When you’re busy and focused, it’s so easy to become blind to what’s going on around you, and that can cause some major problems when you’re working with a team. For example, you may not recognize problems that need to be addressed or realize that the time you are spending on something is redundant.

Communicating every step of the way when executing a project will save everyone time and frustration, and make it easer to meet deadlines and create your best work.

Ostroff discussed how many times the issue isn’t that a project block has come up, but that it isn’t communicated:

“We may experience a block or a challenge that we couldn't have anticipated. And I think that’s okay, but when we don’t tell anybody about it, that’s when you get into trouble.”

For teams who use Agile principles, there is already a built-in method for keeping the lines of communication open: Daily Stand-up Meetings. In these meetings, teams meet for 15 minutes to discuss progress and any potential challenges they are facing.

This keeps communications streamlined and efficient, which often means teams don’t have to have special meetings just to discuss issues.

“The Daily Stand-Ups alleviate having to have those kinds of conversations because you’re talking every day anyway and you’re talking through what the challenges are. And anything can happen through the course of a day,” Ostroff said.

It’s also important that communication happens as soon as a problem arises or an issue needs to be discussed, because often waiting until later means pushing back deadlines, missing opportunities, or keeping a project from reaching its fullest potential.

Full and open communications, that happen regularly, are key to making sure your team isn’t wasting its time when it could be working smarter and getting better results.

3. Celebrate Your Wins and Help Your Team Enjoy Work Again

Motivation goes a long way in making people want to do their best, and when people are doing their best and focusing on working as a cohesive team, they are working smarter.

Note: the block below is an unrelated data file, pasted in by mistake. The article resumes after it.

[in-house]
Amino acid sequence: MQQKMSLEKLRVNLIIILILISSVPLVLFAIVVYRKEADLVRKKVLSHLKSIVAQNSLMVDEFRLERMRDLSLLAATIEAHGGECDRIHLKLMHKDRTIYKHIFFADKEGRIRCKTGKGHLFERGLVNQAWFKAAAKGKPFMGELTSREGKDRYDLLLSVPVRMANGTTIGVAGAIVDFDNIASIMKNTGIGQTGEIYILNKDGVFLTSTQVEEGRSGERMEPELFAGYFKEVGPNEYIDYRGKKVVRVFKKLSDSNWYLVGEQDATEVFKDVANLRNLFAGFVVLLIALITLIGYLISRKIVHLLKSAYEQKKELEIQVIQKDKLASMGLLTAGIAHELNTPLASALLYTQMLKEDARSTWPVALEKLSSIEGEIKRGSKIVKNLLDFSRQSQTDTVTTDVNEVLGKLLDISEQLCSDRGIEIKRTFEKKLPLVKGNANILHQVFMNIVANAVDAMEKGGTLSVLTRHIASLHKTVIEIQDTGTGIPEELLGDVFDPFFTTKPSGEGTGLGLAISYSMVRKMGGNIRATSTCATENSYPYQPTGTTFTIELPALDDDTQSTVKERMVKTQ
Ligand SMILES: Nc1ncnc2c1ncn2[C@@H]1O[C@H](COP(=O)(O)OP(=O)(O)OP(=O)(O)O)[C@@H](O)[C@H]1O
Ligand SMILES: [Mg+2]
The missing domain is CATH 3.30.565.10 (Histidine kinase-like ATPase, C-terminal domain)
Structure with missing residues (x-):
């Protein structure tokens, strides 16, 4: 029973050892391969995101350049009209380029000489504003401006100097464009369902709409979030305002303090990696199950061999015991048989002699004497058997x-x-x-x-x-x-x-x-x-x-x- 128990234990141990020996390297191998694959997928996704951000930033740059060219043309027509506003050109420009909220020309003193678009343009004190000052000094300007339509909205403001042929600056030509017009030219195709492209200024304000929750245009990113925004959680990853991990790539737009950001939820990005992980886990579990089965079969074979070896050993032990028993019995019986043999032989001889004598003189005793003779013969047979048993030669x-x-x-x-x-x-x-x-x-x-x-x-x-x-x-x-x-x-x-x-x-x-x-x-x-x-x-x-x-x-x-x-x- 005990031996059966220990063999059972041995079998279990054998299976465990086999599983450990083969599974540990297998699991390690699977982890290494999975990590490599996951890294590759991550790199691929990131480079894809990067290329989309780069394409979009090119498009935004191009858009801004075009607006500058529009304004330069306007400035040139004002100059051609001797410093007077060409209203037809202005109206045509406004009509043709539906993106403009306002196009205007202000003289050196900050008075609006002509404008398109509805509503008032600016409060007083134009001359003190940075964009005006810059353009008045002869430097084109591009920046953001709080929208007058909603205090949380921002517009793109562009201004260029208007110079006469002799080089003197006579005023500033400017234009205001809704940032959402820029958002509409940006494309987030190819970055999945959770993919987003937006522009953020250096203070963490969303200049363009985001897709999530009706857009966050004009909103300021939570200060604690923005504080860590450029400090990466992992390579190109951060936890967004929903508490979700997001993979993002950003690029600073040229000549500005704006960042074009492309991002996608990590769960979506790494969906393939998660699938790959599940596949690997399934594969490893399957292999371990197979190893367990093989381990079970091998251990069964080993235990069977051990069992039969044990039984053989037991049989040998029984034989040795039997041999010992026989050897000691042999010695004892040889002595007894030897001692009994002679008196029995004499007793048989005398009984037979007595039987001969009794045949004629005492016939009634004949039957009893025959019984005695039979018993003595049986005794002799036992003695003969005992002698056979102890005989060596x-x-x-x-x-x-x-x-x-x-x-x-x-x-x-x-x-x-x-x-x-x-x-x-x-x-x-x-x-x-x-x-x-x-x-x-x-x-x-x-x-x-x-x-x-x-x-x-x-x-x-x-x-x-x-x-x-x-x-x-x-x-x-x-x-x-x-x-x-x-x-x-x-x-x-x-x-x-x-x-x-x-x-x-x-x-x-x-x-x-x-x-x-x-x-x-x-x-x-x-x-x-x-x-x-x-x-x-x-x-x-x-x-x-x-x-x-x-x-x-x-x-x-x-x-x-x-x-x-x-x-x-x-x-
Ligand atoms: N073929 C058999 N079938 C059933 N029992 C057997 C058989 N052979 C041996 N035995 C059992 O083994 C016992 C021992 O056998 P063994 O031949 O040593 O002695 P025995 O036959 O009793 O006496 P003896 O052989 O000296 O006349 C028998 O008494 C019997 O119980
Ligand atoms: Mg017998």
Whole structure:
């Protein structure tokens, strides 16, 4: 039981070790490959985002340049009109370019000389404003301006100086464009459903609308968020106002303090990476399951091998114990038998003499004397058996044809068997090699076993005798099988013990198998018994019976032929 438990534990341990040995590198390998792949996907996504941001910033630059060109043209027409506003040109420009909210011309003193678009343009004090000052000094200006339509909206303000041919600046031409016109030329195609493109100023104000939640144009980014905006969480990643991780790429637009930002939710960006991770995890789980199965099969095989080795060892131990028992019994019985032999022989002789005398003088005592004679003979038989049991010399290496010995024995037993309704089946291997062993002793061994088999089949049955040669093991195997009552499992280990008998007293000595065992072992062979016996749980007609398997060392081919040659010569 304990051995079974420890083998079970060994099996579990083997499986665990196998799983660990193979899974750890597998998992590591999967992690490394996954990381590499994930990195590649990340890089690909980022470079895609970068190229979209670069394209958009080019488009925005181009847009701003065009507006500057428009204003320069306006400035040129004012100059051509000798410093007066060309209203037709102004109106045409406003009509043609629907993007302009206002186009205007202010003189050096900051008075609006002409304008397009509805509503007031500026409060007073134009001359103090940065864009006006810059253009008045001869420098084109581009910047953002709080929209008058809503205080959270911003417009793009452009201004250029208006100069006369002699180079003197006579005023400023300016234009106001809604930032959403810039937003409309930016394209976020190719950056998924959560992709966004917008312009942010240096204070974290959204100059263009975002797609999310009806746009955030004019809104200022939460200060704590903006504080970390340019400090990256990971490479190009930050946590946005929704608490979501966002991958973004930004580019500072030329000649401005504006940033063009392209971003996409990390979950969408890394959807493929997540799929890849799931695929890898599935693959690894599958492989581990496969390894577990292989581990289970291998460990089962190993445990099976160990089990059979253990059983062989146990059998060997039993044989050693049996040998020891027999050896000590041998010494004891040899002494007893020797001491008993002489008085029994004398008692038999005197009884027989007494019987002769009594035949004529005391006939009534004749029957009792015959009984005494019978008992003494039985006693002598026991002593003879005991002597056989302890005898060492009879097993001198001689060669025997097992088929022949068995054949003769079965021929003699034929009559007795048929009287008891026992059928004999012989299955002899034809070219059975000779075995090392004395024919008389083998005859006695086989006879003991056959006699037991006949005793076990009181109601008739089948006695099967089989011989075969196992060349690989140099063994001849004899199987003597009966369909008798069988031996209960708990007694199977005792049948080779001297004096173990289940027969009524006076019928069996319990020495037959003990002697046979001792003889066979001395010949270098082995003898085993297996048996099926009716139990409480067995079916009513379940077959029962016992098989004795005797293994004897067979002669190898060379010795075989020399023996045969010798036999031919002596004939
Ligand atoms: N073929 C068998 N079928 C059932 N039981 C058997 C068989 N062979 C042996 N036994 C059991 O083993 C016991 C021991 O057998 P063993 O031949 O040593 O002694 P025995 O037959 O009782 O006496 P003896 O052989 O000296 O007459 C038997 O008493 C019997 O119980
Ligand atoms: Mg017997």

Scholz said celebrating wins benefits workers, managers, and companies, so it’s something you just can’t afford to skip. He said:

“The results are well documented. You’re going to reduce attrition rates for some of those people on your team that are so valuable. "You’re going to increases employee engagement…you’re going to encourage creativity when you recognize people for doing what they’re doing, and you recognize it in yourself too.”

Recognition doesn’t always have to be big and flashy, either. Giving compliments, writing thank-you notes, and treating someone to lunch shows workers you recognize their efforts and appreciate what they add to the team.

Ostroff gave a simple rule for recognizing good work:

“I always like to remember the two-for-one rule with giving feedback; always give two pieces of positive feedback for every one piece of negative.”

Keeping this in mind can help managers balance out critical feedback with positivity and ensure they aren’t forgetting to recognize efforts.

In recent research, we found that praise from a boss or manager was the number-one external motivating factor for knowledge workers. Recognition is powerful, and making sure wins are celebrated and team members feel valued is a simple—but extremely effective—way of helping your team work harder, not smarter.

You’re already busy, and you know your team is too. That’s why it’s so important that you find ways to work smarter, not harder.

When you focus your time and energy on the right work, keep communication flowing, and celebrate wins, you aren’t just getting more done; you are saving yourself time and making your team more valuable.